More Perspective on McKay

Late last year there was a big brouhaha about misconduct in Florida’s McKay Scholarship program, which allows disabled students to use public funds to choose a private school if they prefer.  At that time the Miami New Times, a free weekly newspaper that features investigative reporting that sometimes hits the spot and sometimes just provides the filler between naughty personal ads and club listings, repeated claims about incompetence and fraud among some operators of private schools participating in McKay.

Even though the Miami New Times article was just a re-hash of an article they had run during the summer before, critics of special ed vouchers seized upon the piece as proof of the need to stop the rapid expansion of that type of program to other states, impose heavy regulations on Florida’s program to ensure that nothing bad could ever happen, or just shut down special ed programs because only public provision of services to disabled students could be trusted.

Diane Ravitch, in her usual scholarly and measured way, responded to the article by tweeting “Legalized child abuse in Florida?” Sara Mead, Andy Rotherham, and Ed Sector all circulated the New Times piece as proof of their earlier criticisms of McKay.  When I attempted to put the scandal in perspective relative to misconduct and incompetence that is all too common in traditional public schools, Sara Mead clucked that I was like a child trying to excuse misbehavior by crying “he did it first!”

Well, I wonder if a story out of Alabama might help put things in perspective without sounding like an unreasonable child.  It’s a story about a boy named Jose Salinas, or Little Joe, who has cerebral palsy.  His mother wondered why he was acting unusually and repeatedly claiming that he couldn’t go to school because he wasn’t feeling well.  So, she decided to attached a secret audio recording device to his wheelchair to find out what was going on at school.

Here is what she discovered:

“You drooled on the paper,” teacher’s aide Drew Faircloth could be heard saying impatiently. “That’s disgusting.”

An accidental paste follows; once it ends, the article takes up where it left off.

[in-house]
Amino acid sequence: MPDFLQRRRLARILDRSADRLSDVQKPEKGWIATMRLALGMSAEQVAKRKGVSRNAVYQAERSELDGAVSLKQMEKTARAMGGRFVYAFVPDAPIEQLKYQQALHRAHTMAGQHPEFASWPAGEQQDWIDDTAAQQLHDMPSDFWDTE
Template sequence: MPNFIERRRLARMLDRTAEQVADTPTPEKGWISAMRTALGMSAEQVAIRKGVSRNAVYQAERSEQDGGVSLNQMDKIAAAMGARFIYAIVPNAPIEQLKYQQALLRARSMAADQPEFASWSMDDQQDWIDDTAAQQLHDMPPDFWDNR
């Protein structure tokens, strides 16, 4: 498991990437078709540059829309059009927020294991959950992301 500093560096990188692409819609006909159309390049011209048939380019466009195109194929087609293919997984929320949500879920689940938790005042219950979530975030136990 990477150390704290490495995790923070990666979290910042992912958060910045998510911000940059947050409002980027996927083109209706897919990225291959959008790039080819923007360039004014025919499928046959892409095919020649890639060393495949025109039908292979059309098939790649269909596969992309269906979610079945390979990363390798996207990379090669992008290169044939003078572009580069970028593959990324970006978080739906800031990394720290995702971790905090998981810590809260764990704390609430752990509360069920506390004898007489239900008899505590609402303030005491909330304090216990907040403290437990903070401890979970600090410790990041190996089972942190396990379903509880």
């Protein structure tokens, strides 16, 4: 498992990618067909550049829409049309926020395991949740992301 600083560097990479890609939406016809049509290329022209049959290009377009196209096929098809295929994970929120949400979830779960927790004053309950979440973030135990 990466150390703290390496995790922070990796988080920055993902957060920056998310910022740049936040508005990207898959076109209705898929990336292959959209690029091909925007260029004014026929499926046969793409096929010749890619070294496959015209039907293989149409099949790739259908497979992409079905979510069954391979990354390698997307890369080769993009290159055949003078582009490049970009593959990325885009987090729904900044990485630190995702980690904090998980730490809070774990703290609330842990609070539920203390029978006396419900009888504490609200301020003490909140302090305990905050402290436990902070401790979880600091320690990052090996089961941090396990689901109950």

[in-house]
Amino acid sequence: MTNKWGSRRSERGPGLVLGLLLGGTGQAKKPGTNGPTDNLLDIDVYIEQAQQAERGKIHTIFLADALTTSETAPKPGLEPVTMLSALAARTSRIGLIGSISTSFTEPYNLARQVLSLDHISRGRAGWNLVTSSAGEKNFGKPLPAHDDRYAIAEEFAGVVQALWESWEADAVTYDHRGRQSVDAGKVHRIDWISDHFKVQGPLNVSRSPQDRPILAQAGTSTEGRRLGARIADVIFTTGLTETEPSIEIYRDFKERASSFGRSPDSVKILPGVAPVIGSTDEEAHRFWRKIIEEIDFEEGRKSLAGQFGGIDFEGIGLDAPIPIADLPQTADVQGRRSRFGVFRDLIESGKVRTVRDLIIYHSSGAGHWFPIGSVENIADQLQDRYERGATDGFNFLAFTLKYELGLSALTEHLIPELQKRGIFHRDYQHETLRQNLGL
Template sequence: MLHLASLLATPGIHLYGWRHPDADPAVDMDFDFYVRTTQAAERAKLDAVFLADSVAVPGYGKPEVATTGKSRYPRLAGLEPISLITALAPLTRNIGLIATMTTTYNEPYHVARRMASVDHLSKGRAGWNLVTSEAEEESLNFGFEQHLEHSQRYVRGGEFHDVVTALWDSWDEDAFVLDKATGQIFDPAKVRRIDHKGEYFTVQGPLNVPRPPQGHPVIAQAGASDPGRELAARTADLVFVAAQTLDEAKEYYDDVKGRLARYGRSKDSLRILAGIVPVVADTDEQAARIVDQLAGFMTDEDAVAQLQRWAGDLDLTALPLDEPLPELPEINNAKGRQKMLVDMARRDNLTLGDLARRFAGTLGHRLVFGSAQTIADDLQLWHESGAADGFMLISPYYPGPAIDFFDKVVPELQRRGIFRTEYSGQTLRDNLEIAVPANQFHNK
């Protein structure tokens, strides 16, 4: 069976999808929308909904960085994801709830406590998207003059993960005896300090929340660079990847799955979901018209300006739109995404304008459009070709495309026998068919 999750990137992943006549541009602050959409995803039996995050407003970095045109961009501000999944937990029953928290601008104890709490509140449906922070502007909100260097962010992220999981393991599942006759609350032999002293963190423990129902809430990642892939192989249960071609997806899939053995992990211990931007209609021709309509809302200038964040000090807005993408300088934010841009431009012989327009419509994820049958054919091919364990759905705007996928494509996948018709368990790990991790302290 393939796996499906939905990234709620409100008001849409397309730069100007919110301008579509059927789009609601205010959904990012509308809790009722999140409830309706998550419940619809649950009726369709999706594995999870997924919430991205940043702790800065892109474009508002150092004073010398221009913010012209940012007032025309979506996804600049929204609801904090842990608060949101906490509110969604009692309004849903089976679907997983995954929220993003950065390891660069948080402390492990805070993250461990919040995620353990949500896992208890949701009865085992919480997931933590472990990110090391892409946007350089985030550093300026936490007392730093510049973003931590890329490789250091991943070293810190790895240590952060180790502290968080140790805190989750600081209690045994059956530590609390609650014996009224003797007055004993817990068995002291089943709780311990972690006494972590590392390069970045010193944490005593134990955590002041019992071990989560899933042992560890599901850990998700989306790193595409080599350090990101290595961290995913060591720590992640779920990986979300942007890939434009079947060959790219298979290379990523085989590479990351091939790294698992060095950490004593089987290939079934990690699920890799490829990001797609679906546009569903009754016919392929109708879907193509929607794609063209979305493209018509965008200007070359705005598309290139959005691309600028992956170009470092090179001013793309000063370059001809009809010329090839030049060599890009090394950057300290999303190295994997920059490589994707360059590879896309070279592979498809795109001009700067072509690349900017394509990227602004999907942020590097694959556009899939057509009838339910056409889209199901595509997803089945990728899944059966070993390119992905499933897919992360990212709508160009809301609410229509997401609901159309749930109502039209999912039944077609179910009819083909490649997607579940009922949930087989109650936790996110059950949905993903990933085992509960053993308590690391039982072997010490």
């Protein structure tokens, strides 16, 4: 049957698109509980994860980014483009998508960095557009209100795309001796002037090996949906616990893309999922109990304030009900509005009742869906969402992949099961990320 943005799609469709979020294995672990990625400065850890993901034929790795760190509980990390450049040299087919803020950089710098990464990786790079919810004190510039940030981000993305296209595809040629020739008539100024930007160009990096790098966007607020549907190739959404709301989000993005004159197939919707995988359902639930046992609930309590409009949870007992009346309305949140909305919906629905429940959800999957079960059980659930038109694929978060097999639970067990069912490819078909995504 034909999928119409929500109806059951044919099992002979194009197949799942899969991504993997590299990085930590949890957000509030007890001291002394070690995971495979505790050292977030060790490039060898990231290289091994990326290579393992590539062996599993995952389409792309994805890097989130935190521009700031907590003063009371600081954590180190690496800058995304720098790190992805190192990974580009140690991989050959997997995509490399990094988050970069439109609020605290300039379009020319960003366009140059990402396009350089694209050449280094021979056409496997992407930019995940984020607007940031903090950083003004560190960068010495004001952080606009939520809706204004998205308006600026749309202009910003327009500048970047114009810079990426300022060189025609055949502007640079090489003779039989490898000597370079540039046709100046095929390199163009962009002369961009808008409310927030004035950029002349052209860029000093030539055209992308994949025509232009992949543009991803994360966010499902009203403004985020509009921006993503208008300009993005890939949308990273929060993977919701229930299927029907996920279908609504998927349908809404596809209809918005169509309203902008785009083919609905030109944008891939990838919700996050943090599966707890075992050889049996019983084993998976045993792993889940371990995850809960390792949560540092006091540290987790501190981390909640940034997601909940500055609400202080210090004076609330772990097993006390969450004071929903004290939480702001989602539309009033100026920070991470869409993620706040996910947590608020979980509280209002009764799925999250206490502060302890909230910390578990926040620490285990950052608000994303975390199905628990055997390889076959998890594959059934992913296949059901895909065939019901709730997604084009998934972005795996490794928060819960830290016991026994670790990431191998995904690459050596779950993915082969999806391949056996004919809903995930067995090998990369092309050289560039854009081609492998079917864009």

“Keep your mouth closed and don’t drool on my paper,” teacher Alicia Brown said on the tape. “I do not want to touch your drool. Do you understand that? Obviously, you don’t.”

Over the three days of recordings, Salinas said Jose received about 20 minutes of actual instruction and spent almost the entire day sitting in silence with no one speaking to him.

“I could not believe someone would treat a child that way, much less a special needs child,” Melisha Salinas told “The anger in his voices … and the thing he was getting angry about, [Jose] just can’t help.”

“Why is my paper wet?” Brown demanded. “Look at me and answer. That’s not an answer. That’s not even a word.”

“Do you seen anybody else at this table drooling? Then, stop,” she said. “You have got drool all over your face and it is gross.”

Little Joe’s mom took the recording to school officials who suspended the teachers with pay.  But within days the teachers were back working in the school, although no longer assigned to Little Joe.  Angry parents protested the return of the teachers, who were then once again placed on administrative leave with pay.

Houston County Schools superintendent Tim Pitchford helped explain:

“I made a poor decision and re-assigned them back to school,” he said. “It was the wrong decision and I accept full responsibility.”

Alabama state law does not allow superintendents to fire teachers on the spot, Pitchford said. He has to make a recommendation to the board, which makes the final decision.

“From day one, it was obvious where this was going to end with the employees,” he said. “We knew where this process was going to end, but the process does not allow it to be immediate.”

Salinas was shocked to hear the teacher and aide were back at school.

“They were back at the school and my children were there so I got them out of school and so did several angry parents,” Salinas said. “I just lost all hope. Nobody was listening to me.”

Of course, if Alabama had a special ed voucher program, like McKay, Mrs. Salinas would not have had to secretly record misconduct, prove it to school officials, and then organize a protest to ensure that those teachers were not still in the school with her son.  She could have just followed her good mother’s perception that things were going very badly and switched her child to another school with the same amount of public funding.  How many Little Joe’s are out there without having their mistreatment recorded or protests organized?

Of course, examples of misconduct in traditional public schools is no more proof of the merits of McKay-like programs than examples of misconduct are proof of the need to regulate or eliminate special ed vouchers.  For more systematic evidence on the merits of McKay, readers may wish to read the article that Marcus Winters and I published in Educational Evaluation and Policy Analysis, the leading AERA empirical journal, which finds that McKay competition increases student achievement for disabled students who remain in traditional public schools and lowers the rate at which students are newly identified as disabled.

But some people prefer mindless tweets over systematic evidence.  And somehow I don’t expect Diane Ravitch, Sara Mead, or Andy Rotherham now to tweet that Little Joe proves the wisdom of McKay or that traditional public schools are equivalent to child abuse.  They prefer to be selective in the anecdotes they tweet.

-Jay P. Greene

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